History of the Decline and Fall of the Roman Empire - Edward Gibbon

History of the Decline and Fall of the Roman Empire

By Edward Gibbon

  • Release Date: 1776-01-01
  • Genre: Ancient
Score: 4
From 280 Ratings


The great work of Gibbon is indispensable to the student of history. The literature of Europe offers no substitute for The Decline and Fall of the Roman Empire. It has obtained undisputed possession, as rightful occupant, of the vast period which it comprehends. However some subjects, which it embraces, may have undergone more complete investigation, on the general view of the whole period, this history is the sole undisputed authority to which all defer, and from which few appeal to the original writers, or to more modern compilers.


  • The decline and fall of Rome

    By Jonny5328954
    A well written summary of the period of the Roman reign on this earth.
  • History of decline and downfall of Rome, Vol 1

    By Hugo Cedeno
    Great book, wonderful introduction to the Roman Empire and its subsequent fall. Starts in the golden age of Roman history and adventures in detail to the 3rd century crisis and the surrounding civilizations and cultures that influences or took active part in Roman decadence
  • An Essential Classic for Roots of Western Civilization

    By KMaines
    "History of the Decline and Fall. . ." is an essential text for understanding the Roman civilization and its roots in Western Civilization! From a twentieth Century reader prospective, the writing suffers somewhat from obtuse language that is sometimes very hard, or impossible to understand, but the book is still worth the effort!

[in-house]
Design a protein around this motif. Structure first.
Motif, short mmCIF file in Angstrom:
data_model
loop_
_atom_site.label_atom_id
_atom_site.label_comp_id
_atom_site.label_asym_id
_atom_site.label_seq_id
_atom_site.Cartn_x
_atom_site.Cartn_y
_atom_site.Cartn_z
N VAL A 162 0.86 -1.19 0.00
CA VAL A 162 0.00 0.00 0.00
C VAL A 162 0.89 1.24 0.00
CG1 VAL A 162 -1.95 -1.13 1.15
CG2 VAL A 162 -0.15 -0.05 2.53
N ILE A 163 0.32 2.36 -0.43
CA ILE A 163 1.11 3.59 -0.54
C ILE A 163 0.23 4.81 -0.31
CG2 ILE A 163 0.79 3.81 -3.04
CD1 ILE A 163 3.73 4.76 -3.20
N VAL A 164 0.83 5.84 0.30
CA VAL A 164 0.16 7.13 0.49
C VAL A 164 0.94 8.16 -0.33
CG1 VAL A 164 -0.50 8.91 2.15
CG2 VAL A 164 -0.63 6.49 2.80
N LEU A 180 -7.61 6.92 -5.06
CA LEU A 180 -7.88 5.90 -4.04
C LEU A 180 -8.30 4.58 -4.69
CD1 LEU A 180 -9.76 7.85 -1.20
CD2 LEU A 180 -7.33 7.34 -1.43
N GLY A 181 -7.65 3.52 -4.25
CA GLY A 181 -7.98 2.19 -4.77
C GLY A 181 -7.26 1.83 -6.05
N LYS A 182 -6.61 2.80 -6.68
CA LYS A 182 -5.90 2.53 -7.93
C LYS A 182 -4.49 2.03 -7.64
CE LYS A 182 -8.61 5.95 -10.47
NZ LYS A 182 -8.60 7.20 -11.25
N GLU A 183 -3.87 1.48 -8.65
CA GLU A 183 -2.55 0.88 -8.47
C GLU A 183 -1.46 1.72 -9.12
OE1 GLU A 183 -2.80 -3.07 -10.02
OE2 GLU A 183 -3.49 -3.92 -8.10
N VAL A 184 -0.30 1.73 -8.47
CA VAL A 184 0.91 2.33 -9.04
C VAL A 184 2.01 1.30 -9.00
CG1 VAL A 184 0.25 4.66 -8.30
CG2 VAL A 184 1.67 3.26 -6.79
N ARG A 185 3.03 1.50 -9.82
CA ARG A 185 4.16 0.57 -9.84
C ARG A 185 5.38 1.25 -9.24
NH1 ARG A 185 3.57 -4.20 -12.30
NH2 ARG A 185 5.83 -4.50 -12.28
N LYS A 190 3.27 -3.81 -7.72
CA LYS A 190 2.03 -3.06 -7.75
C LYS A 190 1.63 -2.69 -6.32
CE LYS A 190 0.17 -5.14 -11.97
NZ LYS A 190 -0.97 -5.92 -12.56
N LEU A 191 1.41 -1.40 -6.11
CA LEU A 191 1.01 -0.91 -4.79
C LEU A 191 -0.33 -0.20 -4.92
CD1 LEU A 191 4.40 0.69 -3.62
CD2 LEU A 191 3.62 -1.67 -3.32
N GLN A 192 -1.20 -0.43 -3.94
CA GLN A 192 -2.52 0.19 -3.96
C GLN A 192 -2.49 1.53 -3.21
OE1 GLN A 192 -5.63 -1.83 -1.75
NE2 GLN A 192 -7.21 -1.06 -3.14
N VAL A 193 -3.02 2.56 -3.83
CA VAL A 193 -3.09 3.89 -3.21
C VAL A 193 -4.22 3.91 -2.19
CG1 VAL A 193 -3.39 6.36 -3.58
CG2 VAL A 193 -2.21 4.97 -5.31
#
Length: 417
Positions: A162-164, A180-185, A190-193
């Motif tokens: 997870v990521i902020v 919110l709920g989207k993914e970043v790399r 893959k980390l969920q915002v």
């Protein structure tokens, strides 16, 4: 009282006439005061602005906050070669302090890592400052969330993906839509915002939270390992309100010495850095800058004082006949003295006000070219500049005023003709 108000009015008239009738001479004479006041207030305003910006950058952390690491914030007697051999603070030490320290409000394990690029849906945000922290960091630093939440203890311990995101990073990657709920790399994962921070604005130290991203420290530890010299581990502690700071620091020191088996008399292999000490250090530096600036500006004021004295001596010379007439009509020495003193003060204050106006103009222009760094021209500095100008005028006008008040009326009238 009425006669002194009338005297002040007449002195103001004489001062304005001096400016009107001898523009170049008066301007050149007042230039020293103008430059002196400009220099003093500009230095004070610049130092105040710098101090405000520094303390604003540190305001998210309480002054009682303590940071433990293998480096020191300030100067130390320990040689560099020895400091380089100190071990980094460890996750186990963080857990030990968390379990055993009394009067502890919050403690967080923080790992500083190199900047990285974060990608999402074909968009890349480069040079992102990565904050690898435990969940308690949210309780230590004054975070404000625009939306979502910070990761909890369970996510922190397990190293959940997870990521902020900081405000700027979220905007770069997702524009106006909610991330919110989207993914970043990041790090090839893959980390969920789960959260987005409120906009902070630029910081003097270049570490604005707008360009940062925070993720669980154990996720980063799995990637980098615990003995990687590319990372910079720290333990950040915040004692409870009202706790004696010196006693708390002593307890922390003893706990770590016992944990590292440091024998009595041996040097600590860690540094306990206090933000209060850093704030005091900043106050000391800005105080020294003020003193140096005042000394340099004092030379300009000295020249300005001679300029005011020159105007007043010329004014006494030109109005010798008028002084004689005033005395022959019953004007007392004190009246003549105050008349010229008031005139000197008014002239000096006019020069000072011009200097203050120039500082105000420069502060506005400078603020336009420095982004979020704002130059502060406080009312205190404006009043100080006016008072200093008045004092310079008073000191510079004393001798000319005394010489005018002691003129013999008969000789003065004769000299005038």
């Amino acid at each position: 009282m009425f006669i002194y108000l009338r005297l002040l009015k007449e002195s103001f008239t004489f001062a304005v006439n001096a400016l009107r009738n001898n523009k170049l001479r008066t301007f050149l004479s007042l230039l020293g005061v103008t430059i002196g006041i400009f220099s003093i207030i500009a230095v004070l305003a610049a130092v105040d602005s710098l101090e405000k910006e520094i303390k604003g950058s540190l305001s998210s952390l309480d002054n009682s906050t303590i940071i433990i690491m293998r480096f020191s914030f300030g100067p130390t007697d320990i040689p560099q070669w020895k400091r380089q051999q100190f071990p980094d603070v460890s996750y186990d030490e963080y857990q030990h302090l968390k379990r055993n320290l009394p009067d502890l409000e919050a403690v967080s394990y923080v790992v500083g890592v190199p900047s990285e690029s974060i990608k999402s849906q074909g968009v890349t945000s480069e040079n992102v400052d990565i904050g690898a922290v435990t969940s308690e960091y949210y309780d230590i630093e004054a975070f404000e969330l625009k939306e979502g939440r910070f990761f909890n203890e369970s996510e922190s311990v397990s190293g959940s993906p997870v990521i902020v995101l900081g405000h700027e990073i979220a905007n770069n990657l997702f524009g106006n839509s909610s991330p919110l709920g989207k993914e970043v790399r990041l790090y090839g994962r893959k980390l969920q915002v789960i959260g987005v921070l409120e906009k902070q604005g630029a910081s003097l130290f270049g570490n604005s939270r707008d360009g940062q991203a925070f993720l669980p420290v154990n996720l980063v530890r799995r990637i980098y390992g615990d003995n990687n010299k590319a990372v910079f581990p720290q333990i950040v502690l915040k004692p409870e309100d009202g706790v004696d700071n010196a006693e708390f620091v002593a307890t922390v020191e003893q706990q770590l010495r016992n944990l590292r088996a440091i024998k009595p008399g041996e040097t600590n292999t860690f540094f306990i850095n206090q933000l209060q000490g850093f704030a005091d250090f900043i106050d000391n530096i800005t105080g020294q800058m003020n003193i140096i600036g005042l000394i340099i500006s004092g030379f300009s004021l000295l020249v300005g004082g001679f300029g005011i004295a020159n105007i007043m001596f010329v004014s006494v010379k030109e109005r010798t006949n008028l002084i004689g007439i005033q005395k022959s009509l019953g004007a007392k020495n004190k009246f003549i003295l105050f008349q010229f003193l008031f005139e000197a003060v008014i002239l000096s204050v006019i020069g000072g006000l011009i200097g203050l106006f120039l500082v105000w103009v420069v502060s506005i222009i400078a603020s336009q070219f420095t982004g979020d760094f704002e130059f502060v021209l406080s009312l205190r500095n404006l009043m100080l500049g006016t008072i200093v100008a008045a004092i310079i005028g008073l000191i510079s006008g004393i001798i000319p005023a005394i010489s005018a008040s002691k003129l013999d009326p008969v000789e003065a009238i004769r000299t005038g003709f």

• Awsome

    By severefyjkfyu
    Best Roman Empire book ever
  • The book

    By Hattim araim
    This book is the best historical book I have ever read. Can you make books about the history of Iraq thank you
  • The easiest to read volume of the series

    By Passepartout
    This book covers the history of Rome, glossing over the period before Augustus, and then covering the succeeding emperors in fair detail through to Constantine. The reasons you might read this book would include: * it's a classic, so you can impress people at dinner parties (not really) * it's the basis for the understanding of Roman history for typical educated English speakers from the late 18th century through to the late 20th century (for good and ill) and interesting, for example, to consider in the light of what the US constitutional framers might have had on their minds. * Gibbon has axes to grind, and can be very entertaining when, for example, comparing the number of Christians killed by Romans to the number killed by other Christians. * It's more entertaining than more scholarly histories, although frequently comprises stupendously long paragraphs and Byzantine sentences.